Father jailed after baby daughter dies in car rollover

Glenn CordingleyBroome Advertiser
Man guilty of dangerous driving causing death jailed.
Camera IconMan guilty of dangerous driving causing death jailed. Credit: Getty Images

A man whose five-week-old daughter died after the vehicle he was driving left a Kimberley road and rolled has been jailed for four years.

Leroy Larry, 24, previously pleaded guilty to one count of dangerous driving causing death and was this week sentenced in Perth District Court by Judge Ronald Birmingham.

Larry, who is from the Pilbara, was with his partner and child in December 2015 when the borrowed Nissan Pulsar Vector sedan he was driving drifted off Great Northern Highway, about 130km south of Broome.

The child was unrestrained and the couple were stranded by the road for more than two hours before someone stopped to help.

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The court was told Larry had been drinking the night before and on the morning of the accident but readings could be not used in evidence because the exact time of the incident was not known.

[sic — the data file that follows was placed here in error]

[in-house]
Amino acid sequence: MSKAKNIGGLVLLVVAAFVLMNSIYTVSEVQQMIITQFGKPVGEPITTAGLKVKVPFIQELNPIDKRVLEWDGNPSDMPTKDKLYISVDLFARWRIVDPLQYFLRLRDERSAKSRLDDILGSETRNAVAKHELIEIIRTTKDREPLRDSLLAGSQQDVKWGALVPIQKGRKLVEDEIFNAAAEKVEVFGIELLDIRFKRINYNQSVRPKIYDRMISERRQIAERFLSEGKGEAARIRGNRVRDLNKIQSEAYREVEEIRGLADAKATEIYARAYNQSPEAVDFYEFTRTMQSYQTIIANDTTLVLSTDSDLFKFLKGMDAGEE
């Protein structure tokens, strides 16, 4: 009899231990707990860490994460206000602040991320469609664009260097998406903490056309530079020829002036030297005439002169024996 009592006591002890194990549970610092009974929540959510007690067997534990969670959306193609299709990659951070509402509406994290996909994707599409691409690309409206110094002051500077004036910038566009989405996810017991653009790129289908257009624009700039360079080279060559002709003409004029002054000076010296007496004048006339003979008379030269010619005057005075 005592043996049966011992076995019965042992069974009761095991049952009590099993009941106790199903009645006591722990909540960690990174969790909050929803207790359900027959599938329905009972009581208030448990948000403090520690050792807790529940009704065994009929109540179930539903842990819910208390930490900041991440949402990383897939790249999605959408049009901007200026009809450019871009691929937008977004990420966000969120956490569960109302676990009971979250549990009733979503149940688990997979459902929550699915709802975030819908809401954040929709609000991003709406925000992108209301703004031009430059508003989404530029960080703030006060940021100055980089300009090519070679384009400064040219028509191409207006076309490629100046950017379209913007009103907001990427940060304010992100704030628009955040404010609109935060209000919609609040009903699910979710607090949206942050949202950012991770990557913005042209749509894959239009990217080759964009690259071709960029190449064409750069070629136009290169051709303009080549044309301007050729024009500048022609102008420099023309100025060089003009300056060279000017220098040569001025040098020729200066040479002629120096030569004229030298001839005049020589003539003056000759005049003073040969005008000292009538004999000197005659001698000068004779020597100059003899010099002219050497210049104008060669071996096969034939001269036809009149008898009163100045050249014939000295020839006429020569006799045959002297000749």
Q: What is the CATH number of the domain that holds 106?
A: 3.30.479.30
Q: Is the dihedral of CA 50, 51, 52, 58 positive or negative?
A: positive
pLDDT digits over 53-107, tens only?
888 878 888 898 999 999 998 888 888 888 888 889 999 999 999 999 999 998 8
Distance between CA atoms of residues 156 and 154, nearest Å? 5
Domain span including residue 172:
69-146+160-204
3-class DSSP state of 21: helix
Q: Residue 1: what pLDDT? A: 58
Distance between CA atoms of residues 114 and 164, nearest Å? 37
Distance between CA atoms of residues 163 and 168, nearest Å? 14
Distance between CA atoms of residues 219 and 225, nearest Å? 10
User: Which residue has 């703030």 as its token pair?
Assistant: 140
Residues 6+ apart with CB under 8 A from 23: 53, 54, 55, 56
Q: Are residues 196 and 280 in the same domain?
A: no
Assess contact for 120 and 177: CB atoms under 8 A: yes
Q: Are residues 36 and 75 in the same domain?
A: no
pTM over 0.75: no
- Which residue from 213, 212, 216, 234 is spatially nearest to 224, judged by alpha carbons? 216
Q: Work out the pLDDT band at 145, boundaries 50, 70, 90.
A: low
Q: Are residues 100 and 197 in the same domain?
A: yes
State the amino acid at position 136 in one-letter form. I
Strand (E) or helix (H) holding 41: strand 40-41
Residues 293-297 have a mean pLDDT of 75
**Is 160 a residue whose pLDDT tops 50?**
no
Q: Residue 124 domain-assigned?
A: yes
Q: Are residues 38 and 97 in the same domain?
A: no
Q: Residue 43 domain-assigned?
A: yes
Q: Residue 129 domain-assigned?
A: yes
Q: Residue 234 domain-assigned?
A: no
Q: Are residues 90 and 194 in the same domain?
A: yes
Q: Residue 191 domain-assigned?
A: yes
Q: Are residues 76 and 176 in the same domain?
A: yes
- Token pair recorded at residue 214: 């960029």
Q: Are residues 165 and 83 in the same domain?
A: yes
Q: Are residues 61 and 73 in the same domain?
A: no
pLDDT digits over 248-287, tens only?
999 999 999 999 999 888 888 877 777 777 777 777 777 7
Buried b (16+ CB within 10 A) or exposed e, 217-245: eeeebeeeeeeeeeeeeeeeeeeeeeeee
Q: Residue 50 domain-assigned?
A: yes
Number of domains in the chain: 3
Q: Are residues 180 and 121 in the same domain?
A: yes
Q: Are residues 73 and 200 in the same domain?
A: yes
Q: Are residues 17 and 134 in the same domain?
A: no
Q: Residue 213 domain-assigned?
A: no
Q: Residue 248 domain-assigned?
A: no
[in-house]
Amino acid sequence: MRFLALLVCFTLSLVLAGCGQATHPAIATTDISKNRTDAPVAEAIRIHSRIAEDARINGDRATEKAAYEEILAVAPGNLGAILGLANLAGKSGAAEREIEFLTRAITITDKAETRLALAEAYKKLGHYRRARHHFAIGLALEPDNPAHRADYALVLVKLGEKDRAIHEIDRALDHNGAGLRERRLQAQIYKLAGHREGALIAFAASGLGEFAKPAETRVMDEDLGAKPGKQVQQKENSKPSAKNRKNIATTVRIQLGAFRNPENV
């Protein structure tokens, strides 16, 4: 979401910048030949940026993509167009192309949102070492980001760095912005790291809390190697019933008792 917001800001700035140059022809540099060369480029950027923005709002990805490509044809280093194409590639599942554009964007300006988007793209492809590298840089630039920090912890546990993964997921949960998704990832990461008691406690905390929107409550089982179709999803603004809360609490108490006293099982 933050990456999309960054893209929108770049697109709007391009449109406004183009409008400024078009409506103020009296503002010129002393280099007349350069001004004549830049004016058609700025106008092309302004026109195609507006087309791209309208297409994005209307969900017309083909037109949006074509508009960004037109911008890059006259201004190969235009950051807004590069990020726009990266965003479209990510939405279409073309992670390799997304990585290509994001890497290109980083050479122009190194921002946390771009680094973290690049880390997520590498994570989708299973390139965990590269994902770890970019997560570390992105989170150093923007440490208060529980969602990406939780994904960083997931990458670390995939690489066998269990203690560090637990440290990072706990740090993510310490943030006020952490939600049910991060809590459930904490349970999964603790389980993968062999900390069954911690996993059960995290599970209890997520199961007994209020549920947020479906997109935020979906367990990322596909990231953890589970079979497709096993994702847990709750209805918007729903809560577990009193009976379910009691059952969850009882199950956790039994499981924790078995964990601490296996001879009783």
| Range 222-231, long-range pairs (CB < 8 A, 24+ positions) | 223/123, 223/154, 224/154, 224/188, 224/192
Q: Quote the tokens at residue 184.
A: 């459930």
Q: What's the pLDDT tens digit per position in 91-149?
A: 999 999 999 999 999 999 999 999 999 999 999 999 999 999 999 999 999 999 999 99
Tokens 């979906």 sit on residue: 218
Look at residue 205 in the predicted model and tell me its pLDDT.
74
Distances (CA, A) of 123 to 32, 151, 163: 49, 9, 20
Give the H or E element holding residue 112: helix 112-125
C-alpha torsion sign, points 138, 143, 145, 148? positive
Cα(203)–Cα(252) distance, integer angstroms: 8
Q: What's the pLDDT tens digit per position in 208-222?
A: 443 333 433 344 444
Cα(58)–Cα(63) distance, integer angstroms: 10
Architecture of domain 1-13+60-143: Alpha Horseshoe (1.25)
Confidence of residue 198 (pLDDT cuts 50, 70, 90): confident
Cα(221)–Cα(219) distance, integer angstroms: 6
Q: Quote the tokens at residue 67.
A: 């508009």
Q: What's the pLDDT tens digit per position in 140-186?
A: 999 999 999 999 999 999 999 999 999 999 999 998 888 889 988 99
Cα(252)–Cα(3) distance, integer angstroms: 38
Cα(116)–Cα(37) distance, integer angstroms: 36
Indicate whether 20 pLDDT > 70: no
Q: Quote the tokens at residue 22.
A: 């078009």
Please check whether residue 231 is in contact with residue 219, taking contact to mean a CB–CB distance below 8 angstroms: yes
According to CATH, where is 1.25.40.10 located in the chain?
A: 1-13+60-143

Aboriginal Legal Service lawyer Paul Tobin said after the baby was born, the Pilbara man and his partner were taken to the remote Aboriginal community of Bidyadanga, about 190 kilometres south of Broome.

“They really lacked sufficient support in organising things like vehicle restraints,” he said.

“I’m also informed it was their first voyage in a vehicle together with the child.”

In sentencing, Judge Birmingham said the couple tried to flag down passing vehicles but “tragically, for whatever reason, a number of the vehicles passed without stopping”.

He said the child had been thrown from the car and was found lying nearby with life suffering injuries.

It was not until 2.40pm that a motorist stopped to offer assistance.

The person rang 000 and arranged to meet paramedics while heading to Broome Hospital with the couple and their child.

The baby died at 8.15pm that night.

Judge Birmingham said the aggravating features of the offending were that Larry was driving at a time he knew he should not have been.

“Clearly you had been affected by alcohol the night before and tired from drinking the night before,” he said.

He said Larry did not have a valid driving licence and was not authorised to drive at the time.

“You had previously been disqualified for drink driving offences and were not authorised to drive by reason of that disqualification,” Judge Birmingham said.

Larry was also disqualified from holding or obtaining a driving licence for four year upon his release from prison.

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